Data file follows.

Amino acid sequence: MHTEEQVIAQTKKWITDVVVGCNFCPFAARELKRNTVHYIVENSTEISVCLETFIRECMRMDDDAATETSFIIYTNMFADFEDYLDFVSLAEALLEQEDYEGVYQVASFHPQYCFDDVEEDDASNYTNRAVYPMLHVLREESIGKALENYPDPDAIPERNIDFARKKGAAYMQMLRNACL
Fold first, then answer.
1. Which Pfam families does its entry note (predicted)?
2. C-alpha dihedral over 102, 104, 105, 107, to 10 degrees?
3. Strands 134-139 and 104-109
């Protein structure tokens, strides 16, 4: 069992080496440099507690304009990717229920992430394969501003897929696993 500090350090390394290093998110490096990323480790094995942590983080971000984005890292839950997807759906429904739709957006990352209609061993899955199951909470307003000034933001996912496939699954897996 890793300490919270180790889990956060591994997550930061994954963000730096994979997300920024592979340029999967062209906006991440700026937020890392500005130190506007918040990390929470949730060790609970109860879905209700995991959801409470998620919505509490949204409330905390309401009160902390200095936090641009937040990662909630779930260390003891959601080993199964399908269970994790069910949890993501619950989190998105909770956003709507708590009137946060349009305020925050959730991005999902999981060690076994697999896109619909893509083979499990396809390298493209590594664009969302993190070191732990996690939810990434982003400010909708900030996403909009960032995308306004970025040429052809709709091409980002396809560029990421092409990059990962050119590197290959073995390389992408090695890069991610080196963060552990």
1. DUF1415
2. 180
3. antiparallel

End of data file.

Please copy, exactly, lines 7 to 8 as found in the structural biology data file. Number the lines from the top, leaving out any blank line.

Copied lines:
1. DUF1415
2. 180